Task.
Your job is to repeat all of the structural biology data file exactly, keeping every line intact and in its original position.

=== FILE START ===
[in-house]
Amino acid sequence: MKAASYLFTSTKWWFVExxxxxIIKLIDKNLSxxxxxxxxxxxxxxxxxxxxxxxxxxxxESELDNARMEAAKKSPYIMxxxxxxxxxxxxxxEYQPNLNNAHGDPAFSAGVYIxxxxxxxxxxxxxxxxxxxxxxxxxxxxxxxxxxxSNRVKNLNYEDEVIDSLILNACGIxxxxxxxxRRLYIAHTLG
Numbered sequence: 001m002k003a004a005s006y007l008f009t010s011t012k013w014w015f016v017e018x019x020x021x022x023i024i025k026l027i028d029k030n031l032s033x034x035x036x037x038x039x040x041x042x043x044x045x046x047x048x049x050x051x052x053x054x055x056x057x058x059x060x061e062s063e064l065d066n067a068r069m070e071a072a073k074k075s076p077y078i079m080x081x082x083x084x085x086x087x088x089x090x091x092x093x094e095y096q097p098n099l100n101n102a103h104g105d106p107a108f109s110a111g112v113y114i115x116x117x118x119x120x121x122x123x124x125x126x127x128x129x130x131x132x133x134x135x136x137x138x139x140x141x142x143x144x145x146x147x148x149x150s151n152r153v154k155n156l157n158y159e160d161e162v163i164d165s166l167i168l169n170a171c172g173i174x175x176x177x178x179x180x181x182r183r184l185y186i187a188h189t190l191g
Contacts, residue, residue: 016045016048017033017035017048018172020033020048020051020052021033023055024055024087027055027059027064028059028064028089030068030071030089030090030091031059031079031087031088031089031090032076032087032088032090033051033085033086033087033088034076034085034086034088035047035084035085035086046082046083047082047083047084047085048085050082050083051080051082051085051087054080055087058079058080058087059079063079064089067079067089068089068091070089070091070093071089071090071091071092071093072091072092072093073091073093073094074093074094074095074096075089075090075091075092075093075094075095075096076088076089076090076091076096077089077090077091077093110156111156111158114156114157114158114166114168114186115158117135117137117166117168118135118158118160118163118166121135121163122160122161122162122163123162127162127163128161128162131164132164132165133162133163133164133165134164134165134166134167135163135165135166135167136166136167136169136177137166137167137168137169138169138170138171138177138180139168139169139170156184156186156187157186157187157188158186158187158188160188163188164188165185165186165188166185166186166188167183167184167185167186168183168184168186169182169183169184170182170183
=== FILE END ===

[in-house]
Amino acid sequence: MKAASYLFTSTKWWFVExxxxxIIKLIDKNLSxxxxxxxxxxxxxxxxxxxxxxxxxxxxESELDNARMEAAKKSPYIMxxxxxxxxxxxxxxEYQPNLNNAHGDPAFSAGVYIxxxxxxxxxxxxxxxxxxxxxxxxxxxxxxxxxxxSNRVKNLNYEDEVIDSLILNACGIxxxxxxxxRRLYIAHTLG
Numbered sequence: 001m002k003a004a005s006y007l008f009t010s011t012k013w014w015f016v017e018x019x020x021x022x023i024i025k026l027i028d029k030n031l032s033x034x035x036x037x038x039x040x041x042x043x044x045x046x047x048x049x050x051x052x053x054x055x056x057x058x059x060x061e062s063e064l065d066n067a068r069m070e071a072a073k074k075s076p077y078i079m080x081x082x083x084x085x086x087x088x089x090x091x092x093x094e095y096q097p098n099l100n101n102a103h104g105d106p107a108f109s110a111g112v113y114i115x116x117x118x119x120x121x122x123x124x125x126x127x128x129x130x131x132x133x134x135x136x137x138x139x140x141x142x143x144x145x146x147x148x149x150s151n152r153v154k155n156l157n158y159e160d161e162v163i164d165s166l167i168l169n170a171c172g173i174x175x176x177x178x179x180x181x182r183r184l185y186i187a188h189t190l191g
Contacts, residue, residue: 016045016048017033017035017048018172020033020048020051020052021033023055024055024087027055027059027064028059028064028089030068030071030089030090030091031059031079031087031088031089031090032076032087032088032090033051033085033086033087033088034076034085034086034088035047035084035085035086046082046083047082047083047084047085048085050082050083051080051082051085051087054080055087058079058080058087059079063079064089067079067089068089068091070089070091070093071089071090071091071092071093072091072092072093073091073093073094074093074094074095074096075089075090075091075092075093075094075095075096076088076089076090076091076096077089077090077091077093110156111156111158114156114157114158114166114168114186115158117135117137117166117168118135118158118160118163118166121135121163122160122161122162122163123162127162127163128161128162131164132164132165133162133163133164133165134164134165134166134167135163135165135166135167136166136167136169136177137166137167137168137169138169138170138171138177138180139168139169139170156184156186156187157186157187157188158186158187158188160188163188164188165185165186165188166185166186166188167183167184167185167186168183168184168186169182169183169184170182170183